Beaumont Morgan Developments staff to take legal action over lack of redundancy consultation
Staff affected by the collapse of Manchester based contractor Beaumont Morgan Developments (BMD) have begun the process of taking legal action amidst allegations that it failed to properly consult staff during the redundancy process.
News that the contractor – a construction delivery partner of Fortis Developments – had gone into administration broke on the 25th of January, with reports suggesting that the pandemic and the inflationary cost pressures on the construction industry were the leading causes.
Law firm Simpson Millar, which has offices in Manchester, says it has now been contacted by several former workers who claim they were not consulted over the job losses and that its specialist employment team has now begun investigations into whether a Protective Award can be secured for those affected.
Simpson Millar has since launched an eligibility checker so that people can see if they are eligible to make a claim. Where an Employment Tribunal finds in the favour of the employees, they will be able to access the funds of up to £4,352 via the Government Insolvency Service.
The firm has also urged those affected to take action if they too would like to be involved in the legal action, as ex-employees have just three months less one day from when they were made redundant to make a claim.
Anita North, an employment law expert at Simpson Millar, explains: “The huge pressure put upon the construction industry in recent months has been widely reported, but no doubt the recent news regarding the collapse of Beaumont Morgan Developments will have come as a huge shock to its many employees.
“Over the past few days we have spoken to a growing number of people who have been directly affected as a result of job losses, and are in the early stages of investigating whether more should have done to consult with staff.
“We are currently in touch with a handful of people, but if anyone else would also like to speak to us as about securing a protective award we would urge them to reach out soon as there is a limited window of opportunity to file a claim.”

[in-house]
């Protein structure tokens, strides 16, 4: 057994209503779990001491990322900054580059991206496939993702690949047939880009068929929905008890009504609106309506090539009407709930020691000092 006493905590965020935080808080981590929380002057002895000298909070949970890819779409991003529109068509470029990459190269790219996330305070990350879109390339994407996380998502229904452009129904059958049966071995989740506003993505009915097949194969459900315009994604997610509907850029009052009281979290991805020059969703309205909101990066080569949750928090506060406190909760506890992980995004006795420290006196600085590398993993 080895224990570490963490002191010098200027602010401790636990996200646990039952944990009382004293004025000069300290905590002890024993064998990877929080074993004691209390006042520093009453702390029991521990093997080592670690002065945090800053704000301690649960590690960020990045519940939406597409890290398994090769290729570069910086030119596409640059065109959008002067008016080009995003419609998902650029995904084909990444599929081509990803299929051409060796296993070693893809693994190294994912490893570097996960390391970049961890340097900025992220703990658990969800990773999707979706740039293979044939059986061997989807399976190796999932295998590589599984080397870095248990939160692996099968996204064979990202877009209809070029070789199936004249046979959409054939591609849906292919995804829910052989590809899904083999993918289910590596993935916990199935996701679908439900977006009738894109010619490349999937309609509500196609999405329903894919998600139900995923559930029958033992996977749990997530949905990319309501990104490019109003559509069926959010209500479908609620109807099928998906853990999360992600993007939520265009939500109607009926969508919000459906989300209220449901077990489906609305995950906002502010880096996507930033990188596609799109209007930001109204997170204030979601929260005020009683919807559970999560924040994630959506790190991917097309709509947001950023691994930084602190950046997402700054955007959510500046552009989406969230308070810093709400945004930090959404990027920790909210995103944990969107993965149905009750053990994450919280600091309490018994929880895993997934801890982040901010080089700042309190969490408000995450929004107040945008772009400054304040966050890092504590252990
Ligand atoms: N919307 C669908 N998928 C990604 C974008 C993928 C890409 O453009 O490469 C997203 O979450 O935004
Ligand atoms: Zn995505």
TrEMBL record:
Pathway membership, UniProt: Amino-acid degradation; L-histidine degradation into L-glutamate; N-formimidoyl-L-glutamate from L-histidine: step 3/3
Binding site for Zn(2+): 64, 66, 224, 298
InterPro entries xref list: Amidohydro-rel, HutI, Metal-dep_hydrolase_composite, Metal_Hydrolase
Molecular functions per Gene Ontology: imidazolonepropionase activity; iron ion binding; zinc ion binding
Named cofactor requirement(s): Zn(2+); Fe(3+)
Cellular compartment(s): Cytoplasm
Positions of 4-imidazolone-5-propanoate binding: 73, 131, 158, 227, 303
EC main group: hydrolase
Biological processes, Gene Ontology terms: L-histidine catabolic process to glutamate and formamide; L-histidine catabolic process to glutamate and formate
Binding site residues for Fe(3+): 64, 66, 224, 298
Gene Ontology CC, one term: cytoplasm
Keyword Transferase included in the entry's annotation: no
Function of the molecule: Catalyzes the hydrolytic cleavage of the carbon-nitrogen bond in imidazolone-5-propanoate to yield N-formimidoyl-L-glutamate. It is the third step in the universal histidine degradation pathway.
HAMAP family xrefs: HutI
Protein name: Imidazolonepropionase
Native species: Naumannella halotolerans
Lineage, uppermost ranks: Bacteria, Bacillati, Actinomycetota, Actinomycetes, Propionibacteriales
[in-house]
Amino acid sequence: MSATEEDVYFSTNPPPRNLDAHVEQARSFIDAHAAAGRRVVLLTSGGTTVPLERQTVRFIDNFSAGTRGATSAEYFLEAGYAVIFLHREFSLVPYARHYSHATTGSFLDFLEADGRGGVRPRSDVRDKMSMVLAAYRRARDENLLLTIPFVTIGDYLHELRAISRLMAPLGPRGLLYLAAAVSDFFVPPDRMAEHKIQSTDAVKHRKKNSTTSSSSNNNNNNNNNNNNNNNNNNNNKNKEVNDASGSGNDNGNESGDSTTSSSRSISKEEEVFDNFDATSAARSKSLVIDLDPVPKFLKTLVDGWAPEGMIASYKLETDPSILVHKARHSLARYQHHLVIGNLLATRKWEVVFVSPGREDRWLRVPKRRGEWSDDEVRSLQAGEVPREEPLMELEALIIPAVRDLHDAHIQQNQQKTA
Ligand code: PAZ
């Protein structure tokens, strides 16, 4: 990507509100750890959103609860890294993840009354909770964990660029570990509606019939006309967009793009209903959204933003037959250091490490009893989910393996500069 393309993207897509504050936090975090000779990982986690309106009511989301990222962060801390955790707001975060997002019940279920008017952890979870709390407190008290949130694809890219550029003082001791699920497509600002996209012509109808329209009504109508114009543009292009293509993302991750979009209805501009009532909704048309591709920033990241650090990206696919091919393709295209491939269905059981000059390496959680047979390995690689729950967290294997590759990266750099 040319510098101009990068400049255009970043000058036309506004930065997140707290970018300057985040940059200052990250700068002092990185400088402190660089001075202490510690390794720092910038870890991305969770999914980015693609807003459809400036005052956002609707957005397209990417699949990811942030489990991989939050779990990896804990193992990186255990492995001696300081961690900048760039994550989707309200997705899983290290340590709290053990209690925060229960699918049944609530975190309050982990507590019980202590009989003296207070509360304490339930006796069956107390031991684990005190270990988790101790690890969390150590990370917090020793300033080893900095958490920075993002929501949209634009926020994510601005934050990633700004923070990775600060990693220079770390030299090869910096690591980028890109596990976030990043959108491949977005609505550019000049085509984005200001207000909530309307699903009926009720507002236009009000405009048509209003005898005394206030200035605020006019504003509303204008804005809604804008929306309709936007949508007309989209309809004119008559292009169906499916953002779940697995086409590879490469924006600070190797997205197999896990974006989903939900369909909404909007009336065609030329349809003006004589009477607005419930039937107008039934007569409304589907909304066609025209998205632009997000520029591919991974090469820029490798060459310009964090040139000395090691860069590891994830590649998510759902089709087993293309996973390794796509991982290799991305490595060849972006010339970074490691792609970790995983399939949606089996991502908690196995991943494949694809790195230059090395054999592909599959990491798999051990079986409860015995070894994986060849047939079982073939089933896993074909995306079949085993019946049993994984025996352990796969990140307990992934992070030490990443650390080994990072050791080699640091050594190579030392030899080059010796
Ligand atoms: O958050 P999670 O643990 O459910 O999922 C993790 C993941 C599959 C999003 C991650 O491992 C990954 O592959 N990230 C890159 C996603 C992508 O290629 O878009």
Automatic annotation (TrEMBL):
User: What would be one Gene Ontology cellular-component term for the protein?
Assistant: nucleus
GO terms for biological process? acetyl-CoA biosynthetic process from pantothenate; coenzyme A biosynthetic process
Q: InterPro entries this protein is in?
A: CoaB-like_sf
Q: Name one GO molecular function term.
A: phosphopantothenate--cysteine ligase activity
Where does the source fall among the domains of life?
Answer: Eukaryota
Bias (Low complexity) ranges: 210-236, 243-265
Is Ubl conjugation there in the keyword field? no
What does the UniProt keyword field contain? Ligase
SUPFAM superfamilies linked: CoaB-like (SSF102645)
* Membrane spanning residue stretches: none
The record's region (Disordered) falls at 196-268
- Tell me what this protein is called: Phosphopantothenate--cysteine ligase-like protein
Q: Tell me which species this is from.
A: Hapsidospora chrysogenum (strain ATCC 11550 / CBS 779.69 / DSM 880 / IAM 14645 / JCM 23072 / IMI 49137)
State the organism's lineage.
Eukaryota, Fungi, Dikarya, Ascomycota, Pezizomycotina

Anita went on to say that while many people would assume that the company would not have to follow the correct employment procedures because it had gone into administration, it does still have a duty of care to their staff under current employment law legislation.
She said: “Regardless of whether a company is struggling financially, it does have a duty under current employment law legislation to carry out a proper consultation with staff at risk of redundancies. Where that does not happen, employees can bring a claim for a Protective Award.”
Anita explains that a Protective Award is a payment awarded by an Employment Tribunal in cases where an employer fails to follow the correct procedure when making 20 or more redundancies and, where an Employment Tribunal finds in the favour of the employees, they will be able to access the funds via the Government Insolvency Service.
Simpson Millar’s leading employment law team is currently instructed by thousands of former employees affected by the collapse of a number of well-known businesses operating in the retail, energy, professional services and travel sectors.
Anita added: “When people are made redundant the first thing they normally do is look for another job, but in the current climate competition for each role is significant.
“This is causing additional worry, especially because the rising costs of living means that people are having to prioritise taking measures like applying for universal credit and mortgage holidays in order to be able to survive financially.
“While the process to claim for a Protective Award will not result in an influx of cash immediately, legal protection remains in place to support people who are made redundant without being taken through the correct consultation process, and the money recovered in successful claims will provide some longer-term security for those affected.”
This was posted in Bdaily's Members' News section by Isabella Storey .